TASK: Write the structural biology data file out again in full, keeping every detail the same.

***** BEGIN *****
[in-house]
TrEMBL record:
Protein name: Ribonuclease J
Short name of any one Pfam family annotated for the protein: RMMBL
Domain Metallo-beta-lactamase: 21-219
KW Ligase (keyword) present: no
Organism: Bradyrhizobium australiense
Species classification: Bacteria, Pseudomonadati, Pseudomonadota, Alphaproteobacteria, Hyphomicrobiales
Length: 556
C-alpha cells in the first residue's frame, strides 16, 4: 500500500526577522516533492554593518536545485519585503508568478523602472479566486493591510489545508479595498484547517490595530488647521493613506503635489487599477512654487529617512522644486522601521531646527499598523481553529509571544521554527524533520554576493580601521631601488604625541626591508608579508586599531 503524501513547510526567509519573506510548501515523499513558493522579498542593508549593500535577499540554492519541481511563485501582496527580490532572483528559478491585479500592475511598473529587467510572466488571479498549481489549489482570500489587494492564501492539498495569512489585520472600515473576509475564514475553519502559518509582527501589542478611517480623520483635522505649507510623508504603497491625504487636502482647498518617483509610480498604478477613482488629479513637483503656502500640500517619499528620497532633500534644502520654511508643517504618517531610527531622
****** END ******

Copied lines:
[in-house]
TrEMBL record:
Protein name: Ribonuclease J
Short name of any one Pfam family annotated for the protein: RMMBL
Domain Metallo-beta-lactamase: 21-219
KW Ligase (keyword) present: no
Organism: Bradyrhizobium australiense
Species classification: Bacteria, Pseudomonadati, Pseudomonadota, Alphaproteobacteria, Hyphomicrobiales
Length: 556
C-alpha cells in the first residue's frame, strides 16, 4: 500500500526577522516533492554593518536545485519585503508568478523602472479566486493591510489545508479595498484547517490595530488647521493613506503635489487599477512654487529617512522644486522601521531646527499598523481553529509571544521554527524533520554576493580601521631601488604625541626591508608579508586599531 503524501513547510526567509519573506510548501515523499513558493522579498542593508549593500535577499540554492519541481511563485501582496527580490532572483528559478491585479500592475511598473529587467510572466488571479498549481489549489482570500489587494492564501492539498495569512489585520472600515473576509475564514475553519502559518509582527501589542478611517480623520483635522505649507510623508504603497491625504487636502482647498518617483509610480498604478477613482488629479513637483503656502500640500517619499528620497532633500534644502520654511508643517504618517531610527531622